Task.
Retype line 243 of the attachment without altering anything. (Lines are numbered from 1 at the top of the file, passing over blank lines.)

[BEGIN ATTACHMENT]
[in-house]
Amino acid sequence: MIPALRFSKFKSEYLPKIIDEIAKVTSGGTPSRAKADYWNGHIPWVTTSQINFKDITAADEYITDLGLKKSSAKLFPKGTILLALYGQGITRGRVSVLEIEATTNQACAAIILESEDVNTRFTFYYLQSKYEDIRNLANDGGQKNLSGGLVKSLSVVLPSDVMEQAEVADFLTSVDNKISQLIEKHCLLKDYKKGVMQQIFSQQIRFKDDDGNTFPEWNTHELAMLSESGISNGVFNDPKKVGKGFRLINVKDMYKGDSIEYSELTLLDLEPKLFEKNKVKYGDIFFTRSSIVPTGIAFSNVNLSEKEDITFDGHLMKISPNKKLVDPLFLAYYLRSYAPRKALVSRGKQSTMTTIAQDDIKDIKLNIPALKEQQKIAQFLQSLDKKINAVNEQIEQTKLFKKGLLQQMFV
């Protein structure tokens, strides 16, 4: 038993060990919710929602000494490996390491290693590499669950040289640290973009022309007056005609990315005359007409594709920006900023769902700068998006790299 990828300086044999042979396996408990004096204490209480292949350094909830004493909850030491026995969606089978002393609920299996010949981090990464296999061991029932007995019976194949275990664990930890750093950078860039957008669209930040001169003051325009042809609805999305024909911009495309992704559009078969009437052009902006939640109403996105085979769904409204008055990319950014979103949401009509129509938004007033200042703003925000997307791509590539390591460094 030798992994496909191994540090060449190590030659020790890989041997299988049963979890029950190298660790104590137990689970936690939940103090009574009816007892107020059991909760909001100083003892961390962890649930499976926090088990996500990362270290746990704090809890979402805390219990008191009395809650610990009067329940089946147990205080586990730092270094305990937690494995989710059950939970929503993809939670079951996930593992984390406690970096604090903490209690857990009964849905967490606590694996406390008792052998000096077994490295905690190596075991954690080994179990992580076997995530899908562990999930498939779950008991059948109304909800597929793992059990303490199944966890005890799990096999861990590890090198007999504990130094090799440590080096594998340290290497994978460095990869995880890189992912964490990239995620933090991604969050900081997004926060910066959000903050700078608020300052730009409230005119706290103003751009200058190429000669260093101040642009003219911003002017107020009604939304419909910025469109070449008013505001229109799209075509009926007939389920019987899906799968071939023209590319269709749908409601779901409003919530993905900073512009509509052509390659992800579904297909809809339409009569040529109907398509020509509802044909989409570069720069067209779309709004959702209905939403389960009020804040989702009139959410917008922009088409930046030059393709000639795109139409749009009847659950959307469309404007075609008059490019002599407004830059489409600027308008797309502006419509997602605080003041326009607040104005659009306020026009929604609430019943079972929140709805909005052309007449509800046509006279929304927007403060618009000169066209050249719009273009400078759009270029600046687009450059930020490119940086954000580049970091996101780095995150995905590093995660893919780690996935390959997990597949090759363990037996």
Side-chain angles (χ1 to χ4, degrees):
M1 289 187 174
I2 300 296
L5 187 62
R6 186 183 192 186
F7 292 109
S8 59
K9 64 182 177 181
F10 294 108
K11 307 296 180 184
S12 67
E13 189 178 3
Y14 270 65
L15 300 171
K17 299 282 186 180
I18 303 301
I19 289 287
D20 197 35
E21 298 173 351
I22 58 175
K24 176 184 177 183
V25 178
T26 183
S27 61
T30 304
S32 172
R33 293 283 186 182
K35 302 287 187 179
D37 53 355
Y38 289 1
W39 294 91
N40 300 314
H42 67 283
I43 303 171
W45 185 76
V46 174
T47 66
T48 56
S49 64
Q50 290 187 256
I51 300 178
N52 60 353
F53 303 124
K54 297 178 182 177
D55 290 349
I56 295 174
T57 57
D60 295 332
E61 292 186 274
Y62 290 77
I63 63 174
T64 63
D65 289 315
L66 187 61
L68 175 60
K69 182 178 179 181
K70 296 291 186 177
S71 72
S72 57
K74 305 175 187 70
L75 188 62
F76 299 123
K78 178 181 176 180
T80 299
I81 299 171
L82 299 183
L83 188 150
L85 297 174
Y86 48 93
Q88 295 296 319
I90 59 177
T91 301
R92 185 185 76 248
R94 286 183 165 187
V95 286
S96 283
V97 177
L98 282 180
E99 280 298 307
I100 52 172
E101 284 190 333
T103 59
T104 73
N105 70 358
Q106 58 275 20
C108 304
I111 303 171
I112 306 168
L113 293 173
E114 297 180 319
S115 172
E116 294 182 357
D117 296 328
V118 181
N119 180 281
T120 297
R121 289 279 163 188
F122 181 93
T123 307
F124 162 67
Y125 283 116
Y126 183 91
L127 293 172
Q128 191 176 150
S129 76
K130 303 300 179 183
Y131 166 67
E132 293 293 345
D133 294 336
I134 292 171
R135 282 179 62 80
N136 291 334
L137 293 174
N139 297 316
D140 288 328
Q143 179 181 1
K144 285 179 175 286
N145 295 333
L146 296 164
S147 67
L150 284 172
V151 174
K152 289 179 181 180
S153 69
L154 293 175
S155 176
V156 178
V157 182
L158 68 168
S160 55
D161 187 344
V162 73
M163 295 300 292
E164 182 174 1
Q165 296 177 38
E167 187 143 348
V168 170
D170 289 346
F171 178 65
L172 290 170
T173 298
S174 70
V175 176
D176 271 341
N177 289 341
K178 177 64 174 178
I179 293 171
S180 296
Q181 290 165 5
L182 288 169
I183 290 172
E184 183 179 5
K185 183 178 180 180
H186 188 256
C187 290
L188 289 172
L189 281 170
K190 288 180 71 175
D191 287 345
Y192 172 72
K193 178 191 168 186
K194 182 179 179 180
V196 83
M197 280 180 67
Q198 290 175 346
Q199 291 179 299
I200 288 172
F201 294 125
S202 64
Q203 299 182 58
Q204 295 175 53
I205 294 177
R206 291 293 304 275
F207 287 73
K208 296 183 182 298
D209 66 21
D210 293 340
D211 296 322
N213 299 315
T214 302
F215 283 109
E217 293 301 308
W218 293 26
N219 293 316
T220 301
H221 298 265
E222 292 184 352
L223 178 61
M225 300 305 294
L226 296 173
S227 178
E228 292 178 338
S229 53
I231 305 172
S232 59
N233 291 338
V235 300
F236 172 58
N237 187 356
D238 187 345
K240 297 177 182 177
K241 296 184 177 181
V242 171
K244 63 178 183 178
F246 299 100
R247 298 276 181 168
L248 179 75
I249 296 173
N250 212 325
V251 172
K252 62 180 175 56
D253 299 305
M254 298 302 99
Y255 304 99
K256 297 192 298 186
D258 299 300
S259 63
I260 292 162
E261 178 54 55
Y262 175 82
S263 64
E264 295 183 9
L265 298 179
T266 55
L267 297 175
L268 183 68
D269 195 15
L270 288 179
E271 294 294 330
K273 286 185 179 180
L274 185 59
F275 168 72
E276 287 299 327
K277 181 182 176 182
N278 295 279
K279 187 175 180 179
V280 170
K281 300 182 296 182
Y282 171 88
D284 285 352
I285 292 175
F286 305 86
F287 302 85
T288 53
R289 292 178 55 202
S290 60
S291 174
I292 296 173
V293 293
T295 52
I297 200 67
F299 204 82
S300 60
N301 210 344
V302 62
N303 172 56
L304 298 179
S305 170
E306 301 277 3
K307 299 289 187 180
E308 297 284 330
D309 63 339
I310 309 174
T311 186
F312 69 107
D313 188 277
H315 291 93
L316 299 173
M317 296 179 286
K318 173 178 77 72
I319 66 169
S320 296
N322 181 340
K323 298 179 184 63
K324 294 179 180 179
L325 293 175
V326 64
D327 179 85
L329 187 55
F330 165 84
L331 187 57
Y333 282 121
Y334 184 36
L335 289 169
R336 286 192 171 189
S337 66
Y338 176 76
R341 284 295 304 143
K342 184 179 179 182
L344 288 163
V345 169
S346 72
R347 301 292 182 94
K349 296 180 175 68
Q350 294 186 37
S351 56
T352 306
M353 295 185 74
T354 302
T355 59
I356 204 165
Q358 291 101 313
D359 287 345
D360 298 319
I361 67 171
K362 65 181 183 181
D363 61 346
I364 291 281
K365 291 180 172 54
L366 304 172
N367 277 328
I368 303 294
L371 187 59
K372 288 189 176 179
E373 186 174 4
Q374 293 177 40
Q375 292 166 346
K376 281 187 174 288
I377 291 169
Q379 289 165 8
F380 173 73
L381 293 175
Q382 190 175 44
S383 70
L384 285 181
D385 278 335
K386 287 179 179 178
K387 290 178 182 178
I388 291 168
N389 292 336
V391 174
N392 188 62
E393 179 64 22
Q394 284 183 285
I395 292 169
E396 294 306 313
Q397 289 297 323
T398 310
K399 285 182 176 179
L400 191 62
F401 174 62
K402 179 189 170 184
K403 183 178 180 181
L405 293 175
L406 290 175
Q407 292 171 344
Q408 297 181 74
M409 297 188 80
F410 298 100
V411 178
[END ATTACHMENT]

D284 285 352